After reading a fantastic article about consent and sexual relationships in university students from The New York Times, I felt inspired to write about my own experiences. I wrote a piece that was brutally honest about what my first boyfriend did to me, and I did feel relieved to get that down on paper. However, I couldn’t help but feel reluctant to put that on my blog, because it was so open about bad shit that happened of a sexual nature. I felt a little uncomfortable about putting that out there. So I decided to talk about consent in general, and why on earth do we still need to be having this conversation in 2018?
I had heard so much hype about this book when it first came out, that I just had to give it a try. I bought ‘The Lie Tree’ not too long before I saw Francis Hardinge in YALC, but for some reason or other I haven’t gotten around to reading this fantastic novel until now. I had bought another one of her novels recently, ‘A Face Like Glass’, but thought that maybe I should read this one first seeing as it was the first book of Hardinge’s that I bought. I was not disappointed!
I’m not really what you think of when you consider a stereotypical writer. For one thing I despise tea and coffee, and feel much happier with either a Dr Pepper or glass of water by my side when I sit down to pen a story, poem or other narrative. What makes me less of your stereotypical writer is I don’t toddle off to a coffee shop with laptop in hand – in fact I am very self conscious about writing in front of others, even if they’re members of my own family. “What you writing there then?”, or in the presence of strangers I’m constantly paranoid that they’re looking over my shoulder to see what I’m writing. Irrational, I know, but unfortunately that’s the way my brain works. Though one thing that makes me a very stereotypical writer is the fact I hoard pretty notebooks. SO MANY NOTEBOOKS.
I have been so damn excited to read this book! I’d preordered a signed copy from Waterstones, but then while I was at the Hay Festival I saw some copies stacked on a table. A whole two weeks before ‘How Do You Like Me Now?’ is officially released. And Holly Bourne was right there at the front of the line where I could get it signed. So I picked up a copy, and after Bourne had signed it saying that it was one of the first copies that she’s signed, I just had to read it next. It also seemed a little silly to waste this opportunity to get my review up on here before the book comes out on the 14th June. So I’ve broken with my little habit of posting these reviews up in the order in which I’ve read the books, to get this up here! I’m about 8 books behind in terms of what books I’ve read so this wouldn’t have made it up here for the next two months otherwise.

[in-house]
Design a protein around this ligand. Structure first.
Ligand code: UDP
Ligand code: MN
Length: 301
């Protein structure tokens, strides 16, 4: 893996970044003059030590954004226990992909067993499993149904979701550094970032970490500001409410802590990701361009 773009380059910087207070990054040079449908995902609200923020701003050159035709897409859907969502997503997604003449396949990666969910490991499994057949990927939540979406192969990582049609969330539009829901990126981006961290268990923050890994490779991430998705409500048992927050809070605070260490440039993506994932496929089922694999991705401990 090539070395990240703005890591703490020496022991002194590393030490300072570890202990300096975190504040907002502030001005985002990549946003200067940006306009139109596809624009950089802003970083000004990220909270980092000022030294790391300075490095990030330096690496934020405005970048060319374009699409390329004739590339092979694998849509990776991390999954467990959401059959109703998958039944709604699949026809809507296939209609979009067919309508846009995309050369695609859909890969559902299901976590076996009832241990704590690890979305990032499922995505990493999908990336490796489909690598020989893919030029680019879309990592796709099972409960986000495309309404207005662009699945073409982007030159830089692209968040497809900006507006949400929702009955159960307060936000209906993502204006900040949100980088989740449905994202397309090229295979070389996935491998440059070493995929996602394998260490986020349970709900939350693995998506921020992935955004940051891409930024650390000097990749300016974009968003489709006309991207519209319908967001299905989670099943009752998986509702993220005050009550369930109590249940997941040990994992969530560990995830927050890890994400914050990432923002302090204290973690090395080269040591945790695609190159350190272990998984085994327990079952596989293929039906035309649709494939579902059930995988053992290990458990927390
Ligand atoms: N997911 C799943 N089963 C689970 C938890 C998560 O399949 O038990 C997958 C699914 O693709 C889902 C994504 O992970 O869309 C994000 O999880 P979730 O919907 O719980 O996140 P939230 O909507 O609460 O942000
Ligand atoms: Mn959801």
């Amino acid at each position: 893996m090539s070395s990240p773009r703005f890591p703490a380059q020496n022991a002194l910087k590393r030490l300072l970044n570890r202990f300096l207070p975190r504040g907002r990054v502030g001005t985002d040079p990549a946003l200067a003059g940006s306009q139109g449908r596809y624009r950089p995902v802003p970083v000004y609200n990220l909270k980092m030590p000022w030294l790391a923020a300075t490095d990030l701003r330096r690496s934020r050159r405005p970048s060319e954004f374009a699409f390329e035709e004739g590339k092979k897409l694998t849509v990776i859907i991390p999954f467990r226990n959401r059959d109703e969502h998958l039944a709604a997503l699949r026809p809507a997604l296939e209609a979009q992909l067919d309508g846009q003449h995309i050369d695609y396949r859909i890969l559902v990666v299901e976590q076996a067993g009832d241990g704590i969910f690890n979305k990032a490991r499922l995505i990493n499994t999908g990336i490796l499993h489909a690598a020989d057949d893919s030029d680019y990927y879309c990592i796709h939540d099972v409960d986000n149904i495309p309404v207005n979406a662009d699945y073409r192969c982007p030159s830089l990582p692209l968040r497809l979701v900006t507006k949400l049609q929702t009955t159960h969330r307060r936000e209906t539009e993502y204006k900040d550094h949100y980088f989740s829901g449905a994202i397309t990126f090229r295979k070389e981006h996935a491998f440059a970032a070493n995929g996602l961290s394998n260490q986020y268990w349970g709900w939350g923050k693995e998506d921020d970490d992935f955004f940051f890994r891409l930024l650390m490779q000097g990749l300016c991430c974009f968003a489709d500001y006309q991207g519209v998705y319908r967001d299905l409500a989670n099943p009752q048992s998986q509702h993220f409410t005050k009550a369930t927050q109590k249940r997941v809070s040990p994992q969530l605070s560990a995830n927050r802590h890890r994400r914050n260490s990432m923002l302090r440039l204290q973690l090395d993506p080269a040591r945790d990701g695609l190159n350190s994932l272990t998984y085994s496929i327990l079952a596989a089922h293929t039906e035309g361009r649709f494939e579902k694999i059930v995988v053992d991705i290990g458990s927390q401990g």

I had started writing a version of this way back when I first started my blog, after witnessing some year 11 boys having a disgusting conversation about girls in their year back when I was working as an LSA. I didn’t post it because I convinced myself no one would want to read it – but these random opinionated Wednesday blog posts seem to be doing well, so have another opinion!
I have heard no end of hype about this novel, and in complete contrast to disappointments such as ‘The Girl on the Train’ I do think this book really did live up to it. Gail Honeyman has truly found a winner in her character Eleanor – in some ways she struck me as being slightly autistic, as she didn’t quite the knack of social interaction and picking up on social cues. I knew virtually as soon as I slipped into this novel that I would absolutely love it! Eleanor’s narrative was hilarious; though the comedy was equally mixed with sorrow, and this was expertly weaved together to create such a wonderful story.
Hay-on-Wye has always been special to me – I first went to Hay with my Mum and Grandparents, and I must have been around 10 or 11 at the time. We all wandered around the book shops, and my Granddad (Beysey) ended up giving me more money for books even though my Mum had said no. Reading has always been heavily valued in my family, and for me to find out there was this mythical place in Wales that was made up entirely of book shops? I thought I’d died and gone to heaven!
I came back to Hay to see Maggie Stiefvater in 2011 – before I went to uni, and she was promoting her latest book ‘The Raven Boys’. She was doing a talk at the Hay Festival, and I just had to go and see her while she was in Wales. I thoroughly enjoyed myself, and was more than a little annoyed that I hadn’t researched who else was there that day so I could spend longer in the Hay Festival.
Since both of those wonderful experiences, I have always wanted to go back to Hay – both the town itself as well as the festival. So when I found out Derek Landy was coming to promote his new book, ‘Midnight’, I saw my chance. Besides, now I only live just down the road from Hay, so it was high time I finally went back. This time however, I did look into who else was going to be there! Margaret Atwood was there on the second May bank holiday, but by the time I found that out the event had already sold out so I couldn’t go see her. There were plenty more awesome authors there on the same day as Landy though, so I wasn’t in short supply of people to go see!